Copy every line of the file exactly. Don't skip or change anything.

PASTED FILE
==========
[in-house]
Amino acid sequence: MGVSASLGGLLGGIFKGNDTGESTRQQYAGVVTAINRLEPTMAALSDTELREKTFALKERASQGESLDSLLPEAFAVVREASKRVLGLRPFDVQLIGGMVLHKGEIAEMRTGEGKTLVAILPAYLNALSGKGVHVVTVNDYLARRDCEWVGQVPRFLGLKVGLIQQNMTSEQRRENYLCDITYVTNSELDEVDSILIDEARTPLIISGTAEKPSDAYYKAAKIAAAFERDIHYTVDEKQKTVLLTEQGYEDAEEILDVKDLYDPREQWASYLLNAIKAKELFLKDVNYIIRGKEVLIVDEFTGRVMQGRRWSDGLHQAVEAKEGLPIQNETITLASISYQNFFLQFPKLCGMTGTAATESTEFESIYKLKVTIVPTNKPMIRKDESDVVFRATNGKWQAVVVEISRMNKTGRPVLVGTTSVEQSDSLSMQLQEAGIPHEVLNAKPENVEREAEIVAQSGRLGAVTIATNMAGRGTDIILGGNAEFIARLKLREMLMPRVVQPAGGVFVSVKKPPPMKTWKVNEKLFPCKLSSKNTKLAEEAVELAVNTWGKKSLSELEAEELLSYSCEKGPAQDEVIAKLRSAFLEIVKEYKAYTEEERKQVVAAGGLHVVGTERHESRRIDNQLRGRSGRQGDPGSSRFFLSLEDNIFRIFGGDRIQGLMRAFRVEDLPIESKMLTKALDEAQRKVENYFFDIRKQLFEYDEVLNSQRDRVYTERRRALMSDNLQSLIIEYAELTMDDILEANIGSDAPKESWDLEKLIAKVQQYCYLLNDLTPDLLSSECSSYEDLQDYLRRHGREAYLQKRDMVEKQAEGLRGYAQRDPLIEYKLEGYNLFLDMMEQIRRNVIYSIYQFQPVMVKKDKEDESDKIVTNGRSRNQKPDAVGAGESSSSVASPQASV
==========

[in-house]
Amino acid sequence: MGVSASLGGLLGGIFKGNDTGESTRQQYAGVVTAINRLEPTMAALSDTELREKTFALKERASQGESLDSLLPEAFAVVREASKRVLGLRPFDVQLIGGMVLHKGEIAEMRTGEGKTLVAILPAYLNALSGKGVHVVTVNDYLARRDCEWVGQVPRFLGLKVGLIQQNMTSEQRRENYLCDITYVTNSELDEVDSILIDEARTPLIISGTAEKPSDAYYKAAKIAAAFERDIHYTVDEKQKTVLLTEQGYEDAEEILDVKDLYDPREQWASYLLNAIKAKELFLKDVNYIIRGKEVLIVDEFTGRVMQGRRWSDGLHQAVEAKEGLPIQNETITLASISYQNFFLQFPKLCGMTGTAATESTEFESIYKLKVTIVPTNKPMIRKDESDVVFRATNGKWQAVVVEISRMNKTGRPVLVGTTSVEQSDSLSMQLQEAGIPHEVLNAKPENVEREAEIVAQSGRLGAVTIATNMAGRGTDIILGGNAEFIARLKLREMLMPRVVQPAGGVFVSVKKPPPMKTWKVNEKLFPCKLSSKNTKLAEEAVELAVNTWGKKSLSELEAEELLSYSCEKGPAQDEVIAKLRSAFLEIVKEYKAYTEEERKQVVAAGGLHVVGTERHESRRIDNQLRGRSGRQGDPGSSRFFLSLEDNIFRIFGGDRIQGLMRAFRVEDLPIESKMLTKALDEAQRKVENYFFDIRKQLFEYDEVLNSQRDRVYTERRRALMSDNLQSLIIEYAELTMDDILEANIGSDAPKESWDLEKLIAKVQQYCYLLNDLTPDLLSSECSSYEDLQDYLRRHGREAYLQKRDMVEKQAEGLRGYAQRDPLIEYKLEGYNLFLDMMEQIRRNVIYSIYQFQPVMVKKDKEDESDKIVTNGRSRNQKPDAVGAGESSSSVASPQASV